Eight Oshawa men among 107 charged with child exploitation last month in Project Maverick
Published November 30, 2022 at 12:21 pm
The numbers are stark and the results “alarming” as 27 different police services combined to lay 428 charges and arrest 107 people involved in child exploitation in Ontario last month.
Dubbed Project Maverick, the charges are just a “snapshot” of the work done by investigators and analysts that make up the Provincial Strategy to Protect Children from Sexual Abuse and Exploitation on the Internet (Provincial Strategy).
During October the 27 policing partners conducted 255 investigations, completed 168 search warrants and seized 1,032 devices. In total, 428 charges were laid against 107 people.
During the investigations, 61 victims were identified and referred to appropriate community-based resources for assistance, while an additional 60 children were safeguarded. There are 175 ongoing investigations where additional charges may be laid.
Durham Police is one of the partners in the ongoing investigation and Inspector Dave Mason of the Major Crime Unit called the numbers “alarming” while lauding the “remarkable” efforts of the officers and civilian staff involved.
“I hope it provides some comfort to the community that we are working diligently each day to ensure the safety and security of our children,” he said. “Those responsible for these crimes will be held accountable for their actions and we will continue to work with our partners to combat child exploitation. If you know anyone that needs our help, please reach out”
The Provincial Strategy includes two ministries (Attorney General and Solicitor General) and police agencies in Barrie, Belleville, Brantford, Chatham-Kent, Cornwall, Greater Sudbury, Guelph, Halton, Hamilton, Kingston, London, Niagara, North Bay, OPP, Ottawa, Peel, Peterborough, Sarnia, Sault Ste. Marie, Thunder Bay, Timmins, Toronto, Waterloo, Windsor, Woodstock and York, in addition to Durham.
Additional partners that participated in these investigations included OPP Digital Forensics, the Royal Canadian Mounted Police, the Canada Border Services Agency, the Federal Bureau of Investigation and Homeland Security. The BOOST Child and Youth Advocacy Centre, the Children’s Aid Society and the Canadian Centre for Child Protection provided victims’ support and education.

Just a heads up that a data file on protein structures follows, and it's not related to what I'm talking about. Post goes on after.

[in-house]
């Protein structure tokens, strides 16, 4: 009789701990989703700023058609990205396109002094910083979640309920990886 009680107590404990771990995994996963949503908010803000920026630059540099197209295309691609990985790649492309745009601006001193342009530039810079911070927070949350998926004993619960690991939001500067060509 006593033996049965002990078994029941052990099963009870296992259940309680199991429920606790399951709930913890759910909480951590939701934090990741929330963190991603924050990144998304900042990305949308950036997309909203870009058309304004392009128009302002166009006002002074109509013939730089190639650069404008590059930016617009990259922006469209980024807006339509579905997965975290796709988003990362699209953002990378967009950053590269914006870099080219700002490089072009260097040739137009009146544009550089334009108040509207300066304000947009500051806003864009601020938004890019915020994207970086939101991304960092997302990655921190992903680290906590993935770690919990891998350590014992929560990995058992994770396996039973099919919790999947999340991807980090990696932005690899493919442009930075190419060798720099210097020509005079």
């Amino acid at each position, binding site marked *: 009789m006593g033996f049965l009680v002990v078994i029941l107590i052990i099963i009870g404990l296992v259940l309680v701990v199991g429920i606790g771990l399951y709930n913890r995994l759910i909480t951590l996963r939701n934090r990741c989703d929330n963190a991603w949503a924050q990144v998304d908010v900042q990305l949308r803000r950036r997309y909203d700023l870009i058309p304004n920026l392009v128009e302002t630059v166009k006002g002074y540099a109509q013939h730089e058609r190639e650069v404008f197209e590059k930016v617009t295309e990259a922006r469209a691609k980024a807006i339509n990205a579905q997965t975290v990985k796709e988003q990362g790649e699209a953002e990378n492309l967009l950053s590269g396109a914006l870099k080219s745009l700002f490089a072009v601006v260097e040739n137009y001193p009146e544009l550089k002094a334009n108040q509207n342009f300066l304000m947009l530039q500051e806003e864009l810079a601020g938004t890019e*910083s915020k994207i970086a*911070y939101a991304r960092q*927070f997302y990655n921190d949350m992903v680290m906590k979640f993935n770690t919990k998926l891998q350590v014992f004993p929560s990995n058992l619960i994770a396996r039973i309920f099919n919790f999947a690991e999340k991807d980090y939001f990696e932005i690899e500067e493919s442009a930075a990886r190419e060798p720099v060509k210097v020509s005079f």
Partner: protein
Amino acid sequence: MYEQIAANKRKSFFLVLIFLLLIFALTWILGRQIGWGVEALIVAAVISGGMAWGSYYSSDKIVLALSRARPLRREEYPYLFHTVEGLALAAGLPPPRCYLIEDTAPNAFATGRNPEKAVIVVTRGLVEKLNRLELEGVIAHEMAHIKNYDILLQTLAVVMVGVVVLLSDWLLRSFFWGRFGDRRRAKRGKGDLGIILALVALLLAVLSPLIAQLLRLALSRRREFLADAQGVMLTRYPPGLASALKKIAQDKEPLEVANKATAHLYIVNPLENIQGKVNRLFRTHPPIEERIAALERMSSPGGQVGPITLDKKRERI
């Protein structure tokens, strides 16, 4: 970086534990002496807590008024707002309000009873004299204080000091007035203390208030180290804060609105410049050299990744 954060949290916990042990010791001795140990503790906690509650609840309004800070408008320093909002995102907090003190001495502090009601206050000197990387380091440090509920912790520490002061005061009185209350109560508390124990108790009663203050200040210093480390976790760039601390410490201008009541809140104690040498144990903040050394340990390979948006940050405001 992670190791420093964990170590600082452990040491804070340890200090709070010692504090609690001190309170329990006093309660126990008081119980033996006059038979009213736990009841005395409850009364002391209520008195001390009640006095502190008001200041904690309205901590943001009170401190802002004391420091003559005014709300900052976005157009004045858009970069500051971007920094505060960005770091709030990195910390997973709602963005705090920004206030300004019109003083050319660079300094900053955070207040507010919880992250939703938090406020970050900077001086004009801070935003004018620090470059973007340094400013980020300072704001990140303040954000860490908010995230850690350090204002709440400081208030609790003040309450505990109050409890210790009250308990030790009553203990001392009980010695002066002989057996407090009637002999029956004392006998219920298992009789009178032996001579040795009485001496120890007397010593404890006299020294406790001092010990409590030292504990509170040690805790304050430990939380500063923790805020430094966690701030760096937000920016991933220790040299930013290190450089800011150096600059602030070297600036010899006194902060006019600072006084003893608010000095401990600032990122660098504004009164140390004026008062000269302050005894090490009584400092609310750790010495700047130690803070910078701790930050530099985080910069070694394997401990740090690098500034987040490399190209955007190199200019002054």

Since the Provincial Strategy began in 2006, it has completed 65,564 investigations and laid 24,608 charges against 6,540 people. A total of 3,470 victims have been identified worldwide.
Thirteen Durham residents – all men – were charged in October, including eight from Oshawa. The list includes a 51 year-old Whitby man charged with possession, accessing and distributing, as well as making, child pornography.
Others charged included two Oshawa men and one Bowmanville man charged with possession, accessing and distributing child pornography; three Oshawa men and one youth, along with men from Courtice and Pickering charged with possession and accessing child pornography; and two Oshawa males and one from Courtice charged with fail to comply with release order.
“These numbers are shocking, but they provide hope by showing the lengths our teams are willing to go to protect children,” said OPP Chief Superintendent Kari Dart, OPP Investigation and Support Bureau. “I would like to express gratitude for the hard work of the Provincial Strategy members, and our partners, in keeping children in this province safe and holding those who want to harm them accountable.”
The investigations continue and anyone with information on these or any child exploitation investigations are asked to contact their local police. Report any instances of online child abuse to police or cybertip.ca. If a child is being harmed, call 9-1-1.
“The work done by the Provincial Strategy members take us to some of the darkest corners of society and exposes the horrific crimes committed every day against children. This is not a crime that can be combatted by our members alone and we ask that everyone out there recognize the importance they play in protecting children, said OPP Detective Sergeant Jamie King, Provincial Strategy Lead. “Report these crimes, remain vigilant and educate yourself.”
To learn how to keep children safe, go to Canadian Centre for Child Protection or cybertip.ca.
insauga's Editorial Standards and Policies advertising
— Ontario Provincial Police (@OPP_News) November 30, 2022